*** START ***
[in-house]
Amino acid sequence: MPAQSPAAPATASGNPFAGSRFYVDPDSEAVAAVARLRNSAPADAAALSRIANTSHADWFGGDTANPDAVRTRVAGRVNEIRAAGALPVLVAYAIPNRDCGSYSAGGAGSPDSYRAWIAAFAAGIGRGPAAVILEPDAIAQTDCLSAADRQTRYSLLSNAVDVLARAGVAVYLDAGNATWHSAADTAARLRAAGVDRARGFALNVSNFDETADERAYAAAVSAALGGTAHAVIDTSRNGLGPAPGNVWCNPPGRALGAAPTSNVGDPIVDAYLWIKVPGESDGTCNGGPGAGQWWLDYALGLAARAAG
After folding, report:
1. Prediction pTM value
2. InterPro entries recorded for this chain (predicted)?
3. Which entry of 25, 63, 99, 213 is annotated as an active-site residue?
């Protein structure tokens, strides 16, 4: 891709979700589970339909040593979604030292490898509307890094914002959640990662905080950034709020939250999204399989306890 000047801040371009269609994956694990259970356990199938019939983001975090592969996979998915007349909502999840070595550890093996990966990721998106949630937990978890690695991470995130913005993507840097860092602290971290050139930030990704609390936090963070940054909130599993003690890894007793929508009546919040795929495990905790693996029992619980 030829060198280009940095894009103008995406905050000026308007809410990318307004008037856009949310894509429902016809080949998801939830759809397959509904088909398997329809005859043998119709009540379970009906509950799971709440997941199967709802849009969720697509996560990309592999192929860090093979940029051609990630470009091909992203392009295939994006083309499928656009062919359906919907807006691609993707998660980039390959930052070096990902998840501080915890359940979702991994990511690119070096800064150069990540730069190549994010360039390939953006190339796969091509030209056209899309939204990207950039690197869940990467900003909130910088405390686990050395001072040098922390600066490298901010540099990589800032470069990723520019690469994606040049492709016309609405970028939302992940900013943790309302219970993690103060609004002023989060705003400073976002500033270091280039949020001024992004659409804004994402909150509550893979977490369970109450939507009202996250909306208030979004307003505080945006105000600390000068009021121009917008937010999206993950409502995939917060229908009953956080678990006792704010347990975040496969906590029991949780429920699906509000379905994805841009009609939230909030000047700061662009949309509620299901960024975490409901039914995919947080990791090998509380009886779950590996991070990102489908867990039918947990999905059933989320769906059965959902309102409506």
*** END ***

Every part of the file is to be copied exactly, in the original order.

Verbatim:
[in-house]
Amino acid sequence: MPAQSPAAPATASGNPFAGSRFYVDPDSEAVAAVARLRNSAPADAAALSRIANTSHADWFGGDTANPDAVRTRVAGRVNEIRAAGALPVLVAYAIPNRDCGSYSAGGAGSPDSYRAWIAAFAAGIGRGPAAVILEPDAIAQTDCLSAADRQTRYSLLSNAVDVLARAGVAVYLDAGNATWHSAADTAARLRAAGVDRARGFALNVSNFDETADERAYAAAVSAALGGTAHAVIDTSRNGLGPAPGNVWCNPPGRALGAAPTSNVGDPIVDAYLWIKVPGESDGTCNGGPGAGQWWLDYALGLAARAAG
After folding, report:
1. Prediction pTM value
2. InterPro entries recorded for this chain (predicted)?
3. Which entry of 25, 63, 99, 213 is annotated as an active-site residue?
């Protein structure tokens, strides 16, 4: 891709979700589970339909040593979604030292490898509307890094914002959640990662905080950034709020939250999204399989306890 000047801040371009269609994956694990259970356990199938019939983001975090592969996979998915007349909502999840070595550890093996990966990721998106949630937990978890690695991470995130913005993507840097860092602290971290050139930030990704609390936090963070940054909130599993003690890894007793929508009546919040795929495990905790693996029992619980 030829060198280009940095894009103008995406905050000026308007809410990318307004008037856009949310894509429902016809080949998801939830759809397959509904088909398997329809005859043998119709009540379970009906509950799971709440997941199967709802849009969720697509996560990309592999192929860090093979940029051609990630470009091909992203392009295939994006083309499928656009062919359906919907807006691609993707998660980039390959930052070096990902998840501080915890359940979702991994990511690119070096800064150069990540730069190549994010360039390939953006190339796969091509030209056209899309939204990207950039690197869940990467900003909130910088405390686990050395001072040098922390600066490298901010540099990589800032470069990723520019690469994606040049492709016309609405970028939302992940900013943790309302219970993690103060609004002023989060705003400073976002500033270091280039949020001024992004659409804004994402909150509550893979977490369970109450939507009202996250909306208030979004307003505080945006105000600390000068009021121009917008937010999206993950409502995939917060229908009953956080678990006792704010347990975040496969906590029991949780429920699906509000379905994805841009009609939230909030000047700061662009949309509620299901960024975490409901039914995919947080990791090998509380009886779950590996991070990102489908867990039918947990999905059933989320769906059965959902309102409506």